(8) Carioni-Marchese-Massaccesi-Pluda-Tione: The oriented mailing problem and its convex relaxation.

• Seminar PDE and Mathematical Physics, Zurich.
• Mathematical Analysis Seminar, Rome Tor Vergata.
• Mathematical Analysis Seminar, Padova.
• Rough differential calculus and weak geometric structures, Moscow.
• Joint seminar Department of Mathematics – Centro Internazionale per la Ricerca Matematica, Trento.
• Meeting in Applied Mathematics and Calculus of Variations, Roma.
• Metric Analysis and Regularity, Catania.
• Winter school on FLUid DYnamics, DIspersive equations and QUAntum fluids, Bressanone.
• 10th Itinerant Workshop in PDE’s, Roma.
• MathBites, Trento.
• Workshop on Calculus of Variations, Brighton.
• Workshop on Geometric Analysis and Geometric Measure Theory, Pisa.
• Journey of Women in Math, L’Aquila.
• Brescia-Trento Nonlinear Day, Trento.
• GMT and PDEs in Basel.
• Mathematical Analysis Seminar, Aachen.

• Organization of the workshop “Geometric Measure Theory in Verona”, June 10-15, 2018.
• Research in Pairs (CIRM), Trento (with G. Alberti, A. Marchese e D. Vittone).
• Organization of the Intensive Meeting “Geometric Measure Theory” in Canazei, June 26-29, 2019.

Supervision of Cuong's master thesis on ""Branched Optimal Transport in a Riemannian manifold""

Ph.D. course on ""Regularity of Elliptic Partial Differential Equations"" at the University of Verona.

• Publication of the article “Il trasporto ramificato: uno... sconto comitiva” in the mathematical popularization website
• Laboratories ""La matematica delle bolle di sapone"" in San Giovanni Lupatoto and KidsUniversity's initiatives in Verona and Padova."
In (1) we cast a new transport problem which takes into account the virtuous interaction between different materials that can be transported together. Behind the complete novelty of the problem, we prove the existence of the solution and the equivalence with a mass-minimization problem for currents with coefficients in a suitable group. In (7), we are able to analyze the continuous case and the relaxation of the cost to normal currents. This work has a potentially high impact on the engineering community, because some (already available) technologies build on the exploitation of a network for different purposes (see, for instance, the powerline communications technology and the oriented mailing problem in (8)).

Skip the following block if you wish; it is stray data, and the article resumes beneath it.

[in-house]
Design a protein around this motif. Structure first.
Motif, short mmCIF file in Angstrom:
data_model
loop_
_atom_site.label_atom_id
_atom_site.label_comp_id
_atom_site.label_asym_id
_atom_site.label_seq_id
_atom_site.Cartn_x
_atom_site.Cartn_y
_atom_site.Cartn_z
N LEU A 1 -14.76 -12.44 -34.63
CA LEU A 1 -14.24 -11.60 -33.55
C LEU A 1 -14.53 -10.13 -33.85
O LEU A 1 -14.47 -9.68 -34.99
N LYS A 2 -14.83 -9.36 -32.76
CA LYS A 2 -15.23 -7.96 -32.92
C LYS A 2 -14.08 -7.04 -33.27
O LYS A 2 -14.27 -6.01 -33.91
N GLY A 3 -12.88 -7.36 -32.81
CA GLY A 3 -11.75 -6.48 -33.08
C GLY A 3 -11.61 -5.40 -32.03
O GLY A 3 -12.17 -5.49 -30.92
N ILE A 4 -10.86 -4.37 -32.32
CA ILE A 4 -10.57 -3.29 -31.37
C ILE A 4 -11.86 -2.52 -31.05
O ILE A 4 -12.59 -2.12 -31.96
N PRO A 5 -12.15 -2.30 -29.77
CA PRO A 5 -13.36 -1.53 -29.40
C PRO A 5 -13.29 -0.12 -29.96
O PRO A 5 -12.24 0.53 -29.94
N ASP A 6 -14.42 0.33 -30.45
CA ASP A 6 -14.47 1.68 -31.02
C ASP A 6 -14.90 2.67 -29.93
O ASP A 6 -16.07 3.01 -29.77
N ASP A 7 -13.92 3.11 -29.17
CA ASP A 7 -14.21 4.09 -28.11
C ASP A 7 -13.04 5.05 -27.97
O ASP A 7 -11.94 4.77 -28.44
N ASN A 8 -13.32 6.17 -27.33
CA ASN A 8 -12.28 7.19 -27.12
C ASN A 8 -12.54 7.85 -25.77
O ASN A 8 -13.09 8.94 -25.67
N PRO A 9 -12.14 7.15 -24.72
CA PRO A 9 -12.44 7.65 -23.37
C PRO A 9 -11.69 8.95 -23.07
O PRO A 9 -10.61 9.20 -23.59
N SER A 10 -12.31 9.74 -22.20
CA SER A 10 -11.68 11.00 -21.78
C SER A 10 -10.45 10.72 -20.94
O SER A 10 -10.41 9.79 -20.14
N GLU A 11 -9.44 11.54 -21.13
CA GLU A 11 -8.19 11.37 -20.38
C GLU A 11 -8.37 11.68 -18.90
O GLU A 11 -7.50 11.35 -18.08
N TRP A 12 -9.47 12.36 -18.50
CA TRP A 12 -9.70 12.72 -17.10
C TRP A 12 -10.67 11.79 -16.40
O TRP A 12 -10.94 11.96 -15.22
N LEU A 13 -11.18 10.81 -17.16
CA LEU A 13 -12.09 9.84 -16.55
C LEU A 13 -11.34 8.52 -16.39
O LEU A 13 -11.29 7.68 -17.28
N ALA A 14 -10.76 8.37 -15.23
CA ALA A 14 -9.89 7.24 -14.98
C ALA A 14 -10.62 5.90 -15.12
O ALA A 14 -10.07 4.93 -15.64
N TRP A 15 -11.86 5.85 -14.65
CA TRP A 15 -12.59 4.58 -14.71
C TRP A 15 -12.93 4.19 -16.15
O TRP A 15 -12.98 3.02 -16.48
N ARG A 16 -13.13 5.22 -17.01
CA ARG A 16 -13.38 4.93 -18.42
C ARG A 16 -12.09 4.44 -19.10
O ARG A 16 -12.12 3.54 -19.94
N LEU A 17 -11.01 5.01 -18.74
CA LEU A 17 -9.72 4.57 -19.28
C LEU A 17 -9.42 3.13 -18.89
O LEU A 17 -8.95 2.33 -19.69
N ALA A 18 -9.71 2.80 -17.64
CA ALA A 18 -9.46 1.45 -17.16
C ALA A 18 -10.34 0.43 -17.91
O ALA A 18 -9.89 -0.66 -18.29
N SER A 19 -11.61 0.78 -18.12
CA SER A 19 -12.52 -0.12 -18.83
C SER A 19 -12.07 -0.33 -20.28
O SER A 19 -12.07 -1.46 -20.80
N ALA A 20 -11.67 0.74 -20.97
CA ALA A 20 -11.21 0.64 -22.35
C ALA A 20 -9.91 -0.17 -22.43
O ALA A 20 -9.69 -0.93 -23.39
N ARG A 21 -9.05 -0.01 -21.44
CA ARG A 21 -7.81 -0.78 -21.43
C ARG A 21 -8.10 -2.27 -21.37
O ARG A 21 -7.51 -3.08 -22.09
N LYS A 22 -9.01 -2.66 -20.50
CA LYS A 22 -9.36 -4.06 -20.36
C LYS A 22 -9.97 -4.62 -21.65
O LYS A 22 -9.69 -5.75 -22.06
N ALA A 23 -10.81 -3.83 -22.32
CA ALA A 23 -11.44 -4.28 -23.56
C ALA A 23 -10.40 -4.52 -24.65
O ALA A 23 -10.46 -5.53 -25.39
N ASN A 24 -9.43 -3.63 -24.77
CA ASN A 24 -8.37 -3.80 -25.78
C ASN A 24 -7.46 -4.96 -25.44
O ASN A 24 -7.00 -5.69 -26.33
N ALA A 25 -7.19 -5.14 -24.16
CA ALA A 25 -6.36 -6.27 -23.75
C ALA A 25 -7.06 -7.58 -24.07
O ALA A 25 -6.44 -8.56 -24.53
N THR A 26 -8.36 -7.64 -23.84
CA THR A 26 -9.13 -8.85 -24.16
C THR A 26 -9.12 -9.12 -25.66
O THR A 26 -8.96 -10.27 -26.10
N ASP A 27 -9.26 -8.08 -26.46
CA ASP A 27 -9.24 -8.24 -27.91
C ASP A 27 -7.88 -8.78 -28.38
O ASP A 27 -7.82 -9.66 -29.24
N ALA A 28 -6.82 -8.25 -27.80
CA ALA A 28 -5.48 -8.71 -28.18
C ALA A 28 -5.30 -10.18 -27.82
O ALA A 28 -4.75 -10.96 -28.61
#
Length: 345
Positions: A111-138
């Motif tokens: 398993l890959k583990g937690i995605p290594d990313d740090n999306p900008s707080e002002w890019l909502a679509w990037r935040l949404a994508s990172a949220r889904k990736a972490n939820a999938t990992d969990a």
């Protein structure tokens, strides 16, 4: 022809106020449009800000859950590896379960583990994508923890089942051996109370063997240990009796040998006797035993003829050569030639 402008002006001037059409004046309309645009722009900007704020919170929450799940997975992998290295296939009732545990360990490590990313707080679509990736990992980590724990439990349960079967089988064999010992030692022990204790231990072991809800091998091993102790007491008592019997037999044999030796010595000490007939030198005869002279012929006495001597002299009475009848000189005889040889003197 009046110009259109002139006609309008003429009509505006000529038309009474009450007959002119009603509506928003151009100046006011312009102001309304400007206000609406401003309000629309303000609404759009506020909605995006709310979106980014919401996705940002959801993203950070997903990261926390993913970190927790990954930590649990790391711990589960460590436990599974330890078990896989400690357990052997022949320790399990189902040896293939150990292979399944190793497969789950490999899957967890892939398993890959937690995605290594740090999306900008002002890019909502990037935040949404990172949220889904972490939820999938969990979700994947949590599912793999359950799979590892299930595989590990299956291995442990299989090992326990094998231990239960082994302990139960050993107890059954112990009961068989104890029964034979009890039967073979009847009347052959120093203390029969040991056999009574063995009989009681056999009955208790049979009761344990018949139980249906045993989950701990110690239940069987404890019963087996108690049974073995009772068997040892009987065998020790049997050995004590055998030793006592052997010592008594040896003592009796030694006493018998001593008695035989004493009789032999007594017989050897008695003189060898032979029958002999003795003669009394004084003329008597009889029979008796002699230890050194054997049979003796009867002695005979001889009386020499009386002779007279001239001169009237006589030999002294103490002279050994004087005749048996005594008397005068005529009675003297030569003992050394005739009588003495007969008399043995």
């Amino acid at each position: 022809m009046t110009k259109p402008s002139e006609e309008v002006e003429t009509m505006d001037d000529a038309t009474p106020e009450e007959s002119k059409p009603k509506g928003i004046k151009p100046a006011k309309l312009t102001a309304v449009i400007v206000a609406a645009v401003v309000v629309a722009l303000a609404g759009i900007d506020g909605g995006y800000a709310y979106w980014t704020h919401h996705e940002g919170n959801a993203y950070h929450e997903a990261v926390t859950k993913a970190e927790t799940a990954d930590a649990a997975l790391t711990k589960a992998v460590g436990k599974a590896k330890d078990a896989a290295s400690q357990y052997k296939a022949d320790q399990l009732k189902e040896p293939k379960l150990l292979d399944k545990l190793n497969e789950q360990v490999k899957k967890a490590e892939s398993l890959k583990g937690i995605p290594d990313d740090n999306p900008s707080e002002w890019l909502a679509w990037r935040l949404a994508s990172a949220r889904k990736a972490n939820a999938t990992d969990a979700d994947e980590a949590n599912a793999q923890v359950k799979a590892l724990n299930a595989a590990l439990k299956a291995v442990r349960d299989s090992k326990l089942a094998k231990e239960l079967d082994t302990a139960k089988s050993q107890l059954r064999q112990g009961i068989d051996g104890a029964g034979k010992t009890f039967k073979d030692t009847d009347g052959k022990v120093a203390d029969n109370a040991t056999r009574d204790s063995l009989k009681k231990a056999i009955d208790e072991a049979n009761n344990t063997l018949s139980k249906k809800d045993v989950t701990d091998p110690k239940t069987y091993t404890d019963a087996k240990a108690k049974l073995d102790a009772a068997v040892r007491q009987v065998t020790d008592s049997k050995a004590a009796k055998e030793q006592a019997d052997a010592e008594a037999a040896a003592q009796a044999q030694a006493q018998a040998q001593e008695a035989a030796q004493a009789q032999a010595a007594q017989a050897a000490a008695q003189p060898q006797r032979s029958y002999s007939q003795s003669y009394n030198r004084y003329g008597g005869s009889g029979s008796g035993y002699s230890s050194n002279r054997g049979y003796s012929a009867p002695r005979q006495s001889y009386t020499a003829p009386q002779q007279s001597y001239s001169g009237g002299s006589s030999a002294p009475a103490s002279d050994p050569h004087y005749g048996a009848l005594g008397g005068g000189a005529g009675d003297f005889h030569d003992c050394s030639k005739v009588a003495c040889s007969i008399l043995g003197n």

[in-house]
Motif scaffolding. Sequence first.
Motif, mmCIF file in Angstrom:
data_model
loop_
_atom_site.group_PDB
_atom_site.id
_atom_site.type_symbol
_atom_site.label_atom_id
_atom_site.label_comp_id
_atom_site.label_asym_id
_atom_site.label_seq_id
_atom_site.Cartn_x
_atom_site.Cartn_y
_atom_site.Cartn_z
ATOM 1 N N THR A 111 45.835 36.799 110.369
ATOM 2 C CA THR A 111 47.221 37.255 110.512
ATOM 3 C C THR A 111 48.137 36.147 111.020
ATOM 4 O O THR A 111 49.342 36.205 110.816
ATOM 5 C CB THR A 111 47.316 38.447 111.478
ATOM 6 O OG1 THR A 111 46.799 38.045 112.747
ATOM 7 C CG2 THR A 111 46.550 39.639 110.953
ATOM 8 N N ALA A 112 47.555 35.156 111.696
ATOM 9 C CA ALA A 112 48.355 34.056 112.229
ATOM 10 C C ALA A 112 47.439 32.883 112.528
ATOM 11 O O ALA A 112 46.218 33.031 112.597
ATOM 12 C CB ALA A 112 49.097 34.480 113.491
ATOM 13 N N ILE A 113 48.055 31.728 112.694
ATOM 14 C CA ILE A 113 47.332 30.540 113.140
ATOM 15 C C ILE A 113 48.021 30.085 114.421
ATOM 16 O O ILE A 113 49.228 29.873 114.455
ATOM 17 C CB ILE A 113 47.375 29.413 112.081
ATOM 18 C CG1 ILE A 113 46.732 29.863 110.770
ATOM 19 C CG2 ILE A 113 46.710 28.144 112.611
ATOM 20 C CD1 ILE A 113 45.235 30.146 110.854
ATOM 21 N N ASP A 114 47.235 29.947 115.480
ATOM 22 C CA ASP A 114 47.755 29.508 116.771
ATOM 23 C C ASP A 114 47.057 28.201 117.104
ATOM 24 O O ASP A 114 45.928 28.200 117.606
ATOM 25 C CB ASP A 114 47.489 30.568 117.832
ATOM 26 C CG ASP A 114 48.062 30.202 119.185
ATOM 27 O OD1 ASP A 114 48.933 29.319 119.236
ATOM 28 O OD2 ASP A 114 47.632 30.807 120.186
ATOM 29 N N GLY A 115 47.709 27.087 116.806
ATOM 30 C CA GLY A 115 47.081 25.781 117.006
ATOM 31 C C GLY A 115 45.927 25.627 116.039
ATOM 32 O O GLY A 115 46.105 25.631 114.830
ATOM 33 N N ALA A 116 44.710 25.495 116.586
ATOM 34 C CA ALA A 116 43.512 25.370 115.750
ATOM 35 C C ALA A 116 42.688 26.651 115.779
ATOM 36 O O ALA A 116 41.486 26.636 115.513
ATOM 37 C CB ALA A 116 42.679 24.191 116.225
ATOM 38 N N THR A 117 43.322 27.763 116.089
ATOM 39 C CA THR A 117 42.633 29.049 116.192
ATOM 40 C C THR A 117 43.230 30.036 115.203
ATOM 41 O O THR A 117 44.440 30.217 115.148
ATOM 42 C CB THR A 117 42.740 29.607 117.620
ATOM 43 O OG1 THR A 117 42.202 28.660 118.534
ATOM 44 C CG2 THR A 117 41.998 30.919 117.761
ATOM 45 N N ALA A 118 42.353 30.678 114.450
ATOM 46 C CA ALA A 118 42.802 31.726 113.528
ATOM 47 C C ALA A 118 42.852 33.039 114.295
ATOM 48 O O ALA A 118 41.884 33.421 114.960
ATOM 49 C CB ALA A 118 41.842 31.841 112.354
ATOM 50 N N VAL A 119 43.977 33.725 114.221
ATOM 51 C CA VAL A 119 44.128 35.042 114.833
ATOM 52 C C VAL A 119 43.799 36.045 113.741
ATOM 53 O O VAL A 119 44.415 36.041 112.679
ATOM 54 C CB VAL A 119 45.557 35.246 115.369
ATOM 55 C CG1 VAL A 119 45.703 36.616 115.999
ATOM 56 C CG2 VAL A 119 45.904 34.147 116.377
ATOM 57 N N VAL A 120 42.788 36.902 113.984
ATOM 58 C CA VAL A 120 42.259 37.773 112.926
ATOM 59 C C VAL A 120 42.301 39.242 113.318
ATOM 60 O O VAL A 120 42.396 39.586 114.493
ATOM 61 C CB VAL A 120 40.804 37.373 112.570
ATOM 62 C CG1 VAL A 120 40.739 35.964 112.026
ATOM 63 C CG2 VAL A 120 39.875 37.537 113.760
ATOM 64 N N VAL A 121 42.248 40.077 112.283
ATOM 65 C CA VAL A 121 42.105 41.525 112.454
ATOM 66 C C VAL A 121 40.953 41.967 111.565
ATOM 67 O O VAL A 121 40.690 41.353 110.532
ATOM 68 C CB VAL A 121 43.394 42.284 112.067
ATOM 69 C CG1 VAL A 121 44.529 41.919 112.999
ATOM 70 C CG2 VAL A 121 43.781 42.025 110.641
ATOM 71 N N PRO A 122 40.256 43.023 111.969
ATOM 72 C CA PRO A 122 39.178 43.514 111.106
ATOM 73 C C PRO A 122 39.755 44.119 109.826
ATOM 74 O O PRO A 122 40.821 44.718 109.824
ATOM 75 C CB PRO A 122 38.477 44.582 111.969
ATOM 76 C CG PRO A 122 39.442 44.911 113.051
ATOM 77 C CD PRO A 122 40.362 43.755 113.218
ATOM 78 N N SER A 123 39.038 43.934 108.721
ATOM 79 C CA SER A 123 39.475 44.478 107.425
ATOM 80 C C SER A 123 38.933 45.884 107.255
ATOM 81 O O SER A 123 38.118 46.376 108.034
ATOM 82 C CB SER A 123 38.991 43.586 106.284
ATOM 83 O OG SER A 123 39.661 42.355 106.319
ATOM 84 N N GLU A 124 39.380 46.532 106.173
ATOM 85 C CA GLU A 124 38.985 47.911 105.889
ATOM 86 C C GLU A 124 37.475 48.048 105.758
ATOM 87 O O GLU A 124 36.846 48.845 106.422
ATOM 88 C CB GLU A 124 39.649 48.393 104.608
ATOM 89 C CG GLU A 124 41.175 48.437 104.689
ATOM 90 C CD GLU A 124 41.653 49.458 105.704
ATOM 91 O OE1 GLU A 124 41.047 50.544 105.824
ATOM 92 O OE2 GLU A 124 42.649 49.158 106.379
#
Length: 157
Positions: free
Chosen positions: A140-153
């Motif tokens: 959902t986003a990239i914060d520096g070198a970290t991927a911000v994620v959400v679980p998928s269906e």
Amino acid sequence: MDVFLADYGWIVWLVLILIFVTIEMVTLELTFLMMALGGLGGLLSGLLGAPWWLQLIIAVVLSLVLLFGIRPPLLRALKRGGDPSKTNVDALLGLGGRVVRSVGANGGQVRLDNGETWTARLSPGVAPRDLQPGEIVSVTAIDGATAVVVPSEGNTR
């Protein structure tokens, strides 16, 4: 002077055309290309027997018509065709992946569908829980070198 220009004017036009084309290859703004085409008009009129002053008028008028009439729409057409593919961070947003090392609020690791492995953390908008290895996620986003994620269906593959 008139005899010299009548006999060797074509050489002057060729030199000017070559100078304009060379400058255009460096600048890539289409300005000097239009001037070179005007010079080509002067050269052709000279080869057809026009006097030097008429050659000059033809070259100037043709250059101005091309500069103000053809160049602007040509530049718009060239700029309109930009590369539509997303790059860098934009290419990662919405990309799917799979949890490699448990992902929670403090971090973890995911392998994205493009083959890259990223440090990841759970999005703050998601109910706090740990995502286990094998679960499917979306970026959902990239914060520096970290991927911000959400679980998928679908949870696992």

The submission of the paper “On the boundary behavior of mass-minimizing integral currents” (5) marks the completion of the second part of the project, establishing a regularity result that arises great interest and curiosity in the scientific community. As a byproduct of the efforts for this regularity result, we gained a knowledge of the regularity techniques (for area-minimizing currents and elliptic PDEs) which allowed us to successfully attack the regularity problem for solutions to the hyperdissipative Navier-Stokes equations and establish the best estimate for the Hausdorff dimension of the singular set currently available (see (3)).
Concerning the last part of the project, in (6) we present a complete picture of the behavior of normal currents with respect to the geometric property of the boundary. Further investigations on the generalisations of Frobenius theorem are the subject of an ongoing collaboration with G. Alberti and A. Merlo.
In the frame of the attempts to investigate fine properties of normal currents and the sharpness of Rademacher theorem, in 2016 D. Vittone and I found a very short and elegant proof of the celebrated rank-one theorem for BV functions by G. Alberti (BV functions are top-dimensional normal currents). In (2) we extend the (previously only conjectured) theorem to Carnot groups with certain algebraic properties.
Some examples of branched optimal transport in nature